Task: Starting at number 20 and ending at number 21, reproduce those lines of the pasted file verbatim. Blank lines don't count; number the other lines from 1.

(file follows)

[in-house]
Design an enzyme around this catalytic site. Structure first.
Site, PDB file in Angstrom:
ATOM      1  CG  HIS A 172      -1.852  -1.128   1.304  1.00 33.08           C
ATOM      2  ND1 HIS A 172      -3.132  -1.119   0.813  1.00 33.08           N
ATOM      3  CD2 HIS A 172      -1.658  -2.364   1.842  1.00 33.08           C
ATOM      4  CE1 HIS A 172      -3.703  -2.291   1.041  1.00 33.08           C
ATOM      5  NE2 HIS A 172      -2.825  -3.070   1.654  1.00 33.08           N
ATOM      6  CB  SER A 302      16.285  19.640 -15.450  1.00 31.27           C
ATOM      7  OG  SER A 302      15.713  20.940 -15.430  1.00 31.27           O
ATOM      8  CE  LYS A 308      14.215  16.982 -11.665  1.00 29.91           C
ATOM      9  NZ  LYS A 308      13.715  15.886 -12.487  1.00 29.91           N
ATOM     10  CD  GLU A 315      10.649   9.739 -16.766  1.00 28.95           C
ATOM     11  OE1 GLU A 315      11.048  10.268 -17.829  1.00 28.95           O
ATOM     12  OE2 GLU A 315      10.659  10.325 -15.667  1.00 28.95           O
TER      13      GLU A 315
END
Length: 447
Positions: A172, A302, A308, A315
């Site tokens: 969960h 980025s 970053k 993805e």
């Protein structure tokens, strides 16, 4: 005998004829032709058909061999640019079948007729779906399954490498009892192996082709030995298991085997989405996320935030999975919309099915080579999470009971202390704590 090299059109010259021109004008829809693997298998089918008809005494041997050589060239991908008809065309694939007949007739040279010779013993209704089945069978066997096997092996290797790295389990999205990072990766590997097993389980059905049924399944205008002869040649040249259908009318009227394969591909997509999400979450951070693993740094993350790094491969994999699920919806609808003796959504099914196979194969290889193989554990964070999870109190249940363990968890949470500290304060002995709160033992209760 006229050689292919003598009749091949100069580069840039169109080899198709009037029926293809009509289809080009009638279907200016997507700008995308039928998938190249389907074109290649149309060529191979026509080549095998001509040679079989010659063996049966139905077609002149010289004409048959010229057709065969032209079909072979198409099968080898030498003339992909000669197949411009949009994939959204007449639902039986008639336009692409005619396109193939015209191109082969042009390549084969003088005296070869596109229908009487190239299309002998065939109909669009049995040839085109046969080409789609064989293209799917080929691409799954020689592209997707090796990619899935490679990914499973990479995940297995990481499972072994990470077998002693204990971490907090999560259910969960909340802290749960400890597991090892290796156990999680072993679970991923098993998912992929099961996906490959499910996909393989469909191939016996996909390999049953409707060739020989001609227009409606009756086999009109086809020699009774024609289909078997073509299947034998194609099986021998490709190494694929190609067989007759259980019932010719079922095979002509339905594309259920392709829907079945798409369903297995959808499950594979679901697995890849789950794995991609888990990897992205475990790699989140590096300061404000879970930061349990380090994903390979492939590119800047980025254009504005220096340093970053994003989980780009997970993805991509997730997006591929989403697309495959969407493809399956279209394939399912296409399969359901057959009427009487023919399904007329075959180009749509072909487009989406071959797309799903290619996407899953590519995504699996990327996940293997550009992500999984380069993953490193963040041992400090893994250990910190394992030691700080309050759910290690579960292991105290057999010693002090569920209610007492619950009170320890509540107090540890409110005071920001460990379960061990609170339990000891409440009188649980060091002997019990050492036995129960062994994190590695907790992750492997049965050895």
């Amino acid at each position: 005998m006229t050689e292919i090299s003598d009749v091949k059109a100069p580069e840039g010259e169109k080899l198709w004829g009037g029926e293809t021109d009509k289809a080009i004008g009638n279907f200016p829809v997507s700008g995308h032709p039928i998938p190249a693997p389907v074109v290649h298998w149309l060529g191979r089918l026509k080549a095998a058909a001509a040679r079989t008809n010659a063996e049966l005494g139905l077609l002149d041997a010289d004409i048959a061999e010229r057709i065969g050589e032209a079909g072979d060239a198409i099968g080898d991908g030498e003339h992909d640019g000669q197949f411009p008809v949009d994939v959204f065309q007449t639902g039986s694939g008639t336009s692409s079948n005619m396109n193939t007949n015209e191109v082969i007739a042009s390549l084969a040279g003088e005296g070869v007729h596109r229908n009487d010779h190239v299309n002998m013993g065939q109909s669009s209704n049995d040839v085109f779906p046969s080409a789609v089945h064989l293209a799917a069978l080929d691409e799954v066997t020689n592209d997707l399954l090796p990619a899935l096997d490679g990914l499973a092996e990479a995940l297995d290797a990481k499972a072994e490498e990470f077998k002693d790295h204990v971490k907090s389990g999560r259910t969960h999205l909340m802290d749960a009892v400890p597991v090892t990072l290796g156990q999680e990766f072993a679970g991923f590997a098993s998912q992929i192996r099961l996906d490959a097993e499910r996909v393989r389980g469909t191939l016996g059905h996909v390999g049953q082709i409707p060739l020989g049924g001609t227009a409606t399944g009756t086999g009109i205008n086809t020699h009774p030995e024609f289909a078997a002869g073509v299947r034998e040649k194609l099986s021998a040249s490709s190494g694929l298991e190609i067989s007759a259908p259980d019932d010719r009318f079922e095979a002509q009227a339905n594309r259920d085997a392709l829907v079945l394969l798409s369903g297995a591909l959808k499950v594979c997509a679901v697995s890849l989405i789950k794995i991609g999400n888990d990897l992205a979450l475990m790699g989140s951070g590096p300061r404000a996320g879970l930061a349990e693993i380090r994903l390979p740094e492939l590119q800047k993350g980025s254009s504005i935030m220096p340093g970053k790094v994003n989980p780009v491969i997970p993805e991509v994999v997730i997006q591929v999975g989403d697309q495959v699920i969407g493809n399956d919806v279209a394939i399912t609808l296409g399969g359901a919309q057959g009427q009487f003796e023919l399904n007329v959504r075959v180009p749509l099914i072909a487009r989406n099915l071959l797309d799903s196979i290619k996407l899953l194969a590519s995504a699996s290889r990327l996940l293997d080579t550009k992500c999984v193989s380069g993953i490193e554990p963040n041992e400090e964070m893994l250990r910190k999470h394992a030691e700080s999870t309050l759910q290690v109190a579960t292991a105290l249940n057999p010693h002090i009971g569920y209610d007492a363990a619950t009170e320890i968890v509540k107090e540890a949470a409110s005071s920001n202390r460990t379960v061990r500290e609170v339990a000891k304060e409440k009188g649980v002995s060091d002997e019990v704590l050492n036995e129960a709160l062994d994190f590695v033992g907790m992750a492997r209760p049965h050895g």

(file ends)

């Site tokens: 969960h 980025s 970053k 993805e």
């Protein structure tokens, strides 16, 4: 005998004829032709058909061999640019079948007729779906399954490498009892192996082709030995298991085997989405996320935030999975919309099915080579999470009971202390704590 090299059109010259021109004008829809693997298998089918008809005494041997050589060239991908008809065309694939007949007739040279010779013993209704089945069978066997096997092996290797790295389990999205990072990766590997097993389980059905049924399944205008002869040649040249259908009318009227394969591909997509999400979450951070693993740094993350790094491969994999699920919806609808003796959504099914196979194969290889193989554990964070999870109190249940363990968890949470500290304060002995709160033992209760 006229050689292919003598009749091949100069580069840039169109080899198709009037029926293809009509289809080009009638279907200016997507700008995308039928998938190249389907074109290649149309060529191979026509080549095998001509040679079989010659063996049966139905077609002149010289004409048959010229057709065969032209079909072979198409099968080898030498003339992909000669197949411009949009994939959204007449639902039986008639336009692409005619396109193939015209191109082969042009390549084969003088005296070869596109229908009487190239299309002998065939109909669009049995040839085109046969080409789609064989293209799917080929691409799954020689592209997707090796990619899935490679990914499973990479995940297995990481499972072994990470077998002693204990971490907090999560259910969960909340802290749960400890597991090892290796156990999680072993679970991923098993998912992929099961996906490959499910996909393989469909191939016996996909390999049953409707060739020989001609227009409606009756086999009109086809020699009774024609289909078997073509299947034998194609099986021998490709190494694929190609067989007759259980019932010719079922095979002509339905594309259920392709829907079945798409369903297995959808499950594979679901697995890849789950794995991609888990990897992205475990790699989140590096300061404000879970930061349990380090994903390979492939590119800047980025254009504005220096340093970053994003989980780009997970993805991509997730997006591929989403697309495959969407493809399956279209394939399912296409399969359901057959009427009487023919399904007329075959180009749509072909487009989406071959797309799903290619996407899953590519995504699996990327996940293997550009992500999984380069993953490193963040041992400090893994250990910190394992030691700080309050759910290690579960292991105290057999010693002090569920209610007492619950009170320890509540107090540890409110005071920001460990379960061990609170339990000891409440009188649980060091002997019990050492036995129960062994994190590695907790992750492997049965050895």